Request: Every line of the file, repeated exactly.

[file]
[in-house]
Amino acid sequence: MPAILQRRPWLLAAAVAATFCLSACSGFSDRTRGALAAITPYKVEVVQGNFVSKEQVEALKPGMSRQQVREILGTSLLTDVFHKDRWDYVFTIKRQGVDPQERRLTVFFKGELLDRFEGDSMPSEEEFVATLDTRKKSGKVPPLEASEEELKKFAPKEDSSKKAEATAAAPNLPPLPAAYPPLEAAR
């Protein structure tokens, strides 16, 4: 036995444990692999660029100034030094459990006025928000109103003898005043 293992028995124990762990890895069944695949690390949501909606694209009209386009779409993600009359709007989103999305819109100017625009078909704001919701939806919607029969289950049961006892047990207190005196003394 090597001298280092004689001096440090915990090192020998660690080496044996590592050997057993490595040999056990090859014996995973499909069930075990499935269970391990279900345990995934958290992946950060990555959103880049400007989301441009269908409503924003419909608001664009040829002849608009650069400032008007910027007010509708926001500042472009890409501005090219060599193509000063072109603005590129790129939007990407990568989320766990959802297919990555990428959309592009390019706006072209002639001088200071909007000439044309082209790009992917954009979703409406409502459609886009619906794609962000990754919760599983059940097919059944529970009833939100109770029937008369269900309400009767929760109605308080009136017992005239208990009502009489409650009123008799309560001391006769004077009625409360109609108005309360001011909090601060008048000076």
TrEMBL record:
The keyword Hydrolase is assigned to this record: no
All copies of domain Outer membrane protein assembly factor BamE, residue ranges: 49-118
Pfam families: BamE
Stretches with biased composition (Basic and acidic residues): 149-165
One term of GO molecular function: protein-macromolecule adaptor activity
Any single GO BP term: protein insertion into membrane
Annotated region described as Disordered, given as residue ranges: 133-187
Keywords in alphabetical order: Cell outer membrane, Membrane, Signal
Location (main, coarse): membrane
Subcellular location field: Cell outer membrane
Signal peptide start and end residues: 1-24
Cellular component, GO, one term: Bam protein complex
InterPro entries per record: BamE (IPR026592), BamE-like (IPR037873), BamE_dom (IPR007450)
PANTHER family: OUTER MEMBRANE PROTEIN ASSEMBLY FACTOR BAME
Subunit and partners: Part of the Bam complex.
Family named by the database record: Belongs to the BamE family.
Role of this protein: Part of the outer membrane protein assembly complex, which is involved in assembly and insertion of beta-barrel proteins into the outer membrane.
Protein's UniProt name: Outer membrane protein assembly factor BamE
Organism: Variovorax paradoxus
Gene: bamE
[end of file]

[in-house]
Amino acid sequence: MPAILQRRPWLLAAAVAATFCLSACSGFSDRTRGALAAITPYKVEVVQGNFVSKEQVEALKPGMSRQQVREILGTSLLTDVFHKDRWDYVFTIKRQGVDPQERRLTVFFKGELLDRFEGDSMPSEEEFVATLDTRKKSGKVPPLEASEEELKKFAPKEDSSKKAEATAAAPNLPPLPAAYPPLEAAR
């Protein structure tokens, strides 16, 4: 036995444990692999660029100034030094459990006025928000109103003898005043 293992028995124990762990890895069944695949690390949501909606694209009209386009779409993600009359709007989103999305819109100017625009078909704001919701939806919607029969289950049961006892047990207190005196003394 090597001298280092004689001096440090915990090192020998660690080496044996590592050997057993490595040999056990090859014996995973499909069930075990499935269970391990279900345990995934958290992946950060990555959103880049400007989301441009269908409503924003419909608001664009040829002849608009650069400032008007910027007010509708926001500042472009890409501005090219060599193509000063072109603005590129790129939007990407990568989320766990959802297919990555990428959309592009390019706006072209002639001088200071909007000439044309082209790009992917954009979703409406409502459609886009619906794609962000990754919760599983059940097919059944529970009833939100109770029937008369269900309400009767929760109605308080009136017992005239208990009502009489409650009123008799309560001391006769004077009625409360109609108005309360001011909090601060008048000076």
TrEMBL record:
The keyword Hydrolase is assigned to this record: no
All copies of domain Outer membrane protein assembly factor BamE, residue ranges: 49-118
Pfam families: BamE
Stretches with biased composition (Basic and acidic residues): 149-165
One term of GO molecular function: protein-macromolecule adaptor activity
Any single GO BP term: protein insertion into membrane
Annotated region described as Disordered, given as residue ranges: 133-187
Keywords in alphabetical order: Cell outer membrane, Membrane, Signal
Location (main, coarse): membrane
Subcellular location field: Cell outer membrane
Signal peptide start and end residues: 1-24
Cellular component, GO, one term: Bam protein complex
InterPro entries per record: BamE (IPR026592), BamE-like (IPR037873), BamE_dom (IPR007450)
PANTHER family: OUTER MEMBRANE PROTEIN ASSEMBLY FACTOR BAME
Subunit and partners: Part of the Bam complex.
Family named by the database record: Belongs to the BamE family.
Role of this protein: Part of the outer membrane protein assembly complex, which is involved in assembly and insertion of beta-barrel proteins into the outer membrane.
Protein's UniProt name: Outer membrane protein assembly factor BamE
Organism: Variovorax paradoxus
Gene: bamE